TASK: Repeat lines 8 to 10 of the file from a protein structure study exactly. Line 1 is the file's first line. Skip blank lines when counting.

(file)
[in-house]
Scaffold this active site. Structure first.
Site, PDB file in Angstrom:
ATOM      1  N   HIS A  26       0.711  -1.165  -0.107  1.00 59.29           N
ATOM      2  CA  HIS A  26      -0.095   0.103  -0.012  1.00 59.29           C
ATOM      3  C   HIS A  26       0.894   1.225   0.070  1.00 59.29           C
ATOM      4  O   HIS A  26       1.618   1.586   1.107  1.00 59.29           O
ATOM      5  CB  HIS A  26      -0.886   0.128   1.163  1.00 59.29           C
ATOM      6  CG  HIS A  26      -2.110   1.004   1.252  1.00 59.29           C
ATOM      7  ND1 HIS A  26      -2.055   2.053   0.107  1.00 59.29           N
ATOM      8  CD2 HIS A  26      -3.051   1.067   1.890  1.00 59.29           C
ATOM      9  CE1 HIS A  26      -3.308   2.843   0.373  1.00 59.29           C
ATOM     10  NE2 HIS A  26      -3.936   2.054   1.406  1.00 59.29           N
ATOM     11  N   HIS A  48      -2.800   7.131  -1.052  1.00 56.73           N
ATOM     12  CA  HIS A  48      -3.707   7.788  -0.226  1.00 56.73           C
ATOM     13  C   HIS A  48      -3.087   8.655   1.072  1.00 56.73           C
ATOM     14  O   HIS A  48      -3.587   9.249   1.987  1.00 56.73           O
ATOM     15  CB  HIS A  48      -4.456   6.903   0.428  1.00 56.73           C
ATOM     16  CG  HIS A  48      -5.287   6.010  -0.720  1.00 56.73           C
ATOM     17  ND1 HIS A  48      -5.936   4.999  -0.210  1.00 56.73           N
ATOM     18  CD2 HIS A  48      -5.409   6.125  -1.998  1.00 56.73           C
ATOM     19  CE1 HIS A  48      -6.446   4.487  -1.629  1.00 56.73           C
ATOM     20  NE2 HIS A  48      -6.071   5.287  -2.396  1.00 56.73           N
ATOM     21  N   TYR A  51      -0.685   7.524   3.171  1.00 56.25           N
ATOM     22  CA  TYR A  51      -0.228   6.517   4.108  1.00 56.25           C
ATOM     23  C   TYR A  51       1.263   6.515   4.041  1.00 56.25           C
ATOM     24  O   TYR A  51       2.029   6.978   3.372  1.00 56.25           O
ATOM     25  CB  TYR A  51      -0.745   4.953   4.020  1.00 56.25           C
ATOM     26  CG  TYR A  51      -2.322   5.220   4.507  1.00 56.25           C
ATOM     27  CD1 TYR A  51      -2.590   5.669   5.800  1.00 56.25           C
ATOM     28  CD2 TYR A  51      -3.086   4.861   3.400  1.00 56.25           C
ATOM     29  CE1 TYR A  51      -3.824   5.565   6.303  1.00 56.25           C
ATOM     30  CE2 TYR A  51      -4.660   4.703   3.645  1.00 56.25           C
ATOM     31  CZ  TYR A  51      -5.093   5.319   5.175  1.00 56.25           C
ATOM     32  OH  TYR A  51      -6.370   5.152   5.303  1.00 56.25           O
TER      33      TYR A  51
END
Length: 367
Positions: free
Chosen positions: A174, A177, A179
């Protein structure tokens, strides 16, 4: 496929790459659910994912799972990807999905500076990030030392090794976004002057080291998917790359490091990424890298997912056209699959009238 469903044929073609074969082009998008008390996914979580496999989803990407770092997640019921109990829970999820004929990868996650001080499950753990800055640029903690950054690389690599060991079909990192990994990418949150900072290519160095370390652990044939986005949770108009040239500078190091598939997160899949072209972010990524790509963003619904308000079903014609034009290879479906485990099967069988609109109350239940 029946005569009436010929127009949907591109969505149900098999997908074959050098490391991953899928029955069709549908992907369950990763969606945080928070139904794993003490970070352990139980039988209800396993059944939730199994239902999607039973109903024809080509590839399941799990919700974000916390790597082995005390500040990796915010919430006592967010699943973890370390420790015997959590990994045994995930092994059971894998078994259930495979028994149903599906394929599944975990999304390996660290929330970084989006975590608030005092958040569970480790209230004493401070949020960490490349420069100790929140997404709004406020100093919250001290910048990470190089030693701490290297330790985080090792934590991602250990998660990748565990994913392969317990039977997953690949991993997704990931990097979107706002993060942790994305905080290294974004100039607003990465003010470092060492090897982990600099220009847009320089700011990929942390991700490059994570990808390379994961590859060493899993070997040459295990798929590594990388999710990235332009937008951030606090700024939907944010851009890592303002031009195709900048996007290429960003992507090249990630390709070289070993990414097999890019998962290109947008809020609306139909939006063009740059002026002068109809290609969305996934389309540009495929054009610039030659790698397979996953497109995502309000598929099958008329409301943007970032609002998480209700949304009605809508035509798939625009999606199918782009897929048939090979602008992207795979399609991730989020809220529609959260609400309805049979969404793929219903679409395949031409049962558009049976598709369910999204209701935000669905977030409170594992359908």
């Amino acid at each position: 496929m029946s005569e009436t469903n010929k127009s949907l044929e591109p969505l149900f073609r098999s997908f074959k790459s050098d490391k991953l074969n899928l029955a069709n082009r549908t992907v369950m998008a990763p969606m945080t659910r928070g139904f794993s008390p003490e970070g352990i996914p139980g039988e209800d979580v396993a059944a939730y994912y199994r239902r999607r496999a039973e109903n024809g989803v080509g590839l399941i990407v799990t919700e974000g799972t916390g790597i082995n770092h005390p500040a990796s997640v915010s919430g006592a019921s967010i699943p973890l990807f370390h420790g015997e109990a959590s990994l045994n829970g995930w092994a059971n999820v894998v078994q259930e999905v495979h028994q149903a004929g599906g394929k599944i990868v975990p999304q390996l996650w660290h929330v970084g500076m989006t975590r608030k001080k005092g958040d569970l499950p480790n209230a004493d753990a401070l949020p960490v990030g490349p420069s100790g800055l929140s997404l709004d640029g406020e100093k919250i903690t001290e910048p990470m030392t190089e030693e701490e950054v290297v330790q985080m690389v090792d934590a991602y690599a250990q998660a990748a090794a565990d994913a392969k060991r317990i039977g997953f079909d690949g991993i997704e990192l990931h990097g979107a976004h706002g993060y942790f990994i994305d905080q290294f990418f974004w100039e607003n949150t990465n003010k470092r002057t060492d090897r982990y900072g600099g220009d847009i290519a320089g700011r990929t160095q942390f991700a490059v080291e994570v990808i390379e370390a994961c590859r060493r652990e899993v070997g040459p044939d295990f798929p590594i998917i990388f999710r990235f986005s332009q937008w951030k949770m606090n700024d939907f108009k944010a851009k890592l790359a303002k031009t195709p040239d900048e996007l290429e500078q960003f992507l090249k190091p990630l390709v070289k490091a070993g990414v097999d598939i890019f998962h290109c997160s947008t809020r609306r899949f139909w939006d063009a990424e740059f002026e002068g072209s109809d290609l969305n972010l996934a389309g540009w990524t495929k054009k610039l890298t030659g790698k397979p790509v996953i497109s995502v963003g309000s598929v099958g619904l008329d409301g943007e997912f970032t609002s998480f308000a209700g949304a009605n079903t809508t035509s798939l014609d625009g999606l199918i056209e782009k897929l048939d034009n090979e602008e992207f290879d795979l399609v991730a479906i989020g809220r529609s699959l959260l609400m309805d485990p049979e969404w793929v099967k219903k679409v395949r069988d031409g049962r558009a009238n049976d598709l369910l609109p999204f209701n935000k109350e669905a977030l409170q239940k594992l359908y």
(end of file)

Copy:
ATOM      5  CB  HIS A  26      -0.886   0.128   1.163  1.00 59.29           C
ATOM      6  CG  HIS A  26      -2.110   1.004   1.252  1.00 59.29           C
ATOM      7  ND1 HIS A  26      -2.055   2.053   0.107  1.00 59.29           N